The best way to check grass roots is to dig a sample core from the turf. Choose a time when the soil is moist. Using a trowel or sharp knife, dig down as far as the tool allows (preferably 4 to 6 inches) and extract a chunk of sod–turf, roots, and some dirt. Examine how deeply the roots penetrate the soil. If they go down less than 4 inches into the soil, chances are it is because the soil is too compacted. Jeff was shocked to discover that our grass roots were only two inches deep. He later learned that, unfortunately, that is typical of most lawns.

Count Your Weeds

One of the inevitable results of having a thin turf is lots of weeds. Weed seeds need light and space to grow. Thin grass, and grass that is mowed short allow sunlight to penetrate to the soil surface and germinate weed seeds that lie in wait for these ideal conditions. Therefore, when you eyeball your lawn and see lots of weeds, it is time to repair the grass. The percentage of weeds present in the lawn actually determines how much work is necessary.

Jeff decided a few years ago that he could live with some weeds in the lawn. It seemed a reasonable trade-off for the savings in time, energy, money and environmental impact that a more low maintenance lawn–one that tolerates some imperfection– provides. Having made peace with that decision, he discovered that when we achieved an otherwise healthy, dense turf, as many as 10-15% weeds evenly distributed throughout the grass, were barely noticeable. The cost of trying to attain a perfect lawn, one that is virtually weed free, does not seem to us to be worth it.

However, when the percentage of weeds in a lawn sneaks over %, it is time to re-evaluate. Depending on the type of weed, this larger proportion of weeds is likely to become obvious, even to the casual observer. It may be time to take some remedial measures. There are a couple of strategies.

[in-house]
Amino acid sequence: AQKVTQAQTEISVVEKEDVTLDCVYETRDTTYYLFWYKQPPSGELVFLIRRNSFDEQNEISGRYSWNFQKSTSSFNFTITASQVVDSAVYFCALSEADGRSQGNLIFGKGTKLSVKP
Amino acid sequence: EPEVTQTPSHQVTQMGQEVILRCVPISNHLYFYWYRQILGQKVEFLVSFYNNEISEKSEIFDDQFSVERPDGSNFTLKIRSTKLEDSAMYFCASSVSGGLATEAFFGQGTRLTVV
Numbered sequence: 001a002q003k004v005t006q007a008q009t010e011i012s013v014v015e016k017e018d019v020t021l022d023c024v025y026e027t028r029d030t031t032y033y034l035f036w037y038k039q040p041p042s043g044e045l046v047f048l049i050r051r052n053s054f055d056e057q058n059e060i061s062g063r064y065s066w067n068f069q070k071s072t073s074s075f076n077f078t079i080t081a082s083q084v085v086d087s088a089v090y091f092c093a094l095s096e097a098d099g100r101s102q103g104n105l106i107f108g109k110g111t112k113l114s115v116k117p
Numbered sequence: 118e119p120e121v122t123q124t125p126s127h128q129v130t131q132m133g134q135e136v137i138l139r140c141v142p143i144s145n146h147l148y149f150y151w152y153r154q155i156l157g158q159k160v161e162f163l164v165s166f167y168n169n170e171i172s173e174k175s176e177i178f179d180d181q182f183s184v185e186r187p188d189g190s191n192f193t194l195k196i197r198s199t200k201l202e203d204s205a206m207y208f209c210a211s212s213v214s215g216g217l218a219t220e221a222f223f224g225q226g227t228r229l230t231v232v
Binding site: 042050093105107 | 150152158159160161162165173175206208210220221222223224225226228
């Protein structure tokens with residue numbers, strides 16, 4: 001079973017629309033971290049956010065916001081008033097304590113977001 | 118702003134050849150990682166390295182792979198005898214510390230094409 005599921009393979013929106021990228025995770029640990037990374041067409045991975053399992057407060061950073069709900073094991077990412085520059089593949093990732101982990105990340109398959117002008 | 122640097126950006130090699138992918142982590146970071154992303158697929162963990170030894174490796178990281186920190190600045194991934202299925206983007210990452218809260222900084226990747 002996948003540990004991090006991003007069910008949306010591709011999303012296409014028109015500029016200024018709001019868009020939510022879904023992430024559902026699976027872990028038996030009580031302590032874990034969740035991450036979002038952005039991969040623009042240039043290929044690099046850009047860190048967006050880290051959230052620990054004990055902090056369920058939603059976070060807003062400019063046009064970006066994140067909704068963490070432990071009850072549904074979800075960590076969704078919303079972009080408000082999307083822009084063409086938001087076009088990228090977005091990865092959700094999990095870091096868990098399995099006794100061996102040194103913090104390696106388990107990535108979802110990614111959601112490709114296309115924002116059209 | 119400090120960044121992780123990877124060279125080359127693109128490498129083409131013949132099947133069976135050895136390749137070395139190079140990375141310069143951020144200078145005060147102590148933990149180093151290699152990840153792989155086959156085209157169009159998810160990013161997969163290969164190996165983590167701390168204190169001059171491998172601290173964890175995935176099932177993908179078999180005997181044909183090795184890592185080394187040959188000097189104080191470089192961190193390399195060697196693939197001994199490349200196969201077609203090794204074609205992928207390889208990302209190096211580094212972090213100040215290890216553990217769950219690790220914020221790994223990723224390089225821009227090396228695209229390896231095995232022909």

If the weeds in your lawn are noticeable, but do not comprise more than half the green turf area, solve the problem by killing just the weeds with an appropriate herbicide and overseeding the lawn with new grass seed to fill in the spaces and thicken the turf to discourage new weeds. If weeds comprise more than half of the green turf area, we have found its worth it to kill the entire turf and install an entirely new lawn. Measuring the percentage of weeds does not have to be precise. Just look at a small section of your lawn and guess. You are the final judge. If you think it looks okay, then that is all that matters. If it doesn’t look okay, then you know you need to address the problem.

Nancy’s Tomato Chronicles — week 16 of 2010

Four weeks ago I planted seeds indoors for the varieties July 4th and Legend and now they are large enough to be transplanted from the seed starting tray to individual foam cups. I will leave these seedlings in the cups until they are ready to be placed outside into the garden in Walls O Water in about three weeks. In the meantime I put the seedlings out on our front porch whenever it is warm enough so that the seedlings will be for really hardened off when they go into the ground.